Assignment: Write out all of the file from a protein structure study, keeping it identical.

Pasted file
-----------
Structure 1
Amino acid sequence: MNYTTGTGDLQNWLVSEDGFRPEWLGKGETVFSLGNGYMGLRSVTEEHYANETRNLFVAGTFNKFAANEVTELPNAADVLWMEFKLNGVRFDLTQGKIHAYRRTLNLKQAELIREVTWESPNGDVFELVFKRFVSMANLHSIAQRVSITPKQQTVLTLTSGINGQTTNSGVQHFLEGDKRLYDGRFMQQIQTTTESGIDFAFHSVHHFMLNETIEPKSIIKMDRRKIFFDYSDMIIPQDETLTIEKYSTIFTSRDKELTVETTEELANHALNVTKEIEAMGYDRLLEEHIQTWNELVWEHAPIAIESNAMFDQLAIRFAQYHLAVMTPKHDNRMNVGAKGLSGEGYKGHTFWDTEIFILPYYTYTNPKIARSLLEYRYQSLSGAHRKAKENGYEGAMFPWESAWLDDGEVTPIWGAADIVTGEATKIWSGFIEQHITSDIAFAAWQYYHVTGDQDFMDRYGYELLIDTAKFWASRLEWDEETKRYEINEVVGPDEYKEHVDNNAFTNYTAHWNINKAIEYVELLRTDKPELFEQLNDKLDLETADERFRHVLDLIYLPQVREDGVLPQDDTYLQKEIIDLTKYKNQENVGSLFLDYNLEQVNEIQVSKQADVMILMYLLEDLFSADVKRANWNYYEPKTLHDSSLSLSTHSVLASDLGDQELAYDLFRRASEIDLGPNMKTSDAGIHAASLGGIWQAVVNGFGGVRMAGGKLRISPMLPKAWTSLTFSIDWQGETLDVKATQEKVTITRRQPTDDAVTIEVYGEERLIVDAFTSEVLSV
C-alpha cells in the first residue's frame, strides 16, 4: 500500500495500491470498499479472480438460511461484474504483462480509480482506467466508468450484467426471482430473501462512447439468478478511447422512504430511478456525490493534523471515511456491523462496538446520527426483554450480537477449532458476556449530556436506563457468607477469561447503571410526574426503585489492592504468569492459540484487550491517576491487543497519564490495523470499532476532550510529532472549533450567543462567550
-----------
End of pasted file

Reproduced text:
Structure 1
Amino acid sequence: MNYTTGTGDLQNWLVSEDGFRPEWLGKGETVFSLGNGYMGLRSVTEEHYANETRNLFVAGTFNKFAANEVTELPNAADVLWMEFKLNGVRFDLTQGKIHAYRRTLNLKQAELIREVTWESPNGDVFELVFKRFVSMANLHSIAQRVSITPKQQTVLTLTSGINGQTTNSGVQHFLEGDKRLYDGRFMQQIQTTTESGIDFAFHSVHHFMLNETIEPKSIIKMDRRKIFFDYSDMIIPQDETLTIEKYSTIFTSRDKELTVETTEELANHALNVTKEIEAMGYDRLLEEHIQTWNELVWEHAPIAIESNAMFDQLAIRFAQYHLAVMTPKHDNRMNVGAKGLSGEGYKGHTFWDTEIFILPYYTYTNPKIARSLLEYRYQSLSGAHRKAKENGYEGAMFPWESAWLDDGEVTPIWGAADIVTGEATKIWSGFIEQHITSDIAFAAWQYYHVTGDQDFMDRYGYELLIDTAKFWASRLEWDEETKRYEINEVVGPDEYKEHVDNNAFTNYTAHWNINKAIEYVELLRTDKPELFEQLNDKLDLETADERFRHVLDLIYLPQVREDGVLPQDDTYLQKEIIDLTKYKNQENVGSLFLDYNLEQVNEIQVSKQADVMILMYLLEDLFSADVKRANWNYYEPKTLHDSSLSLSTHSVLASDLGDQELAYDLFRRASEIDLGPNMKTSDAGIHAASLGGIWQAVVNGFGGVRMAGGKLRISPMLPKAWTSLTFSIDWQGETLDVKATQEKVTITRRQPTDDAVTIEVYGEERLIVDAFTSEVLSV
C-alpha cells in the first residue's frame, strides 16, 4: 500500500495500491470498499479472480438460511461484474504483462480509480482506467466508468450484467426471482430473501462512447439468478478511447422512504430511478456525490493534523471515511456491523462496538446520527426483554450480537477449532458476556449530556436506563457468607477469561447503571410526574426503585489492592504468569492459540484487550491517576491487543497519564490495523470499532476532550510529532472549533450567543462567550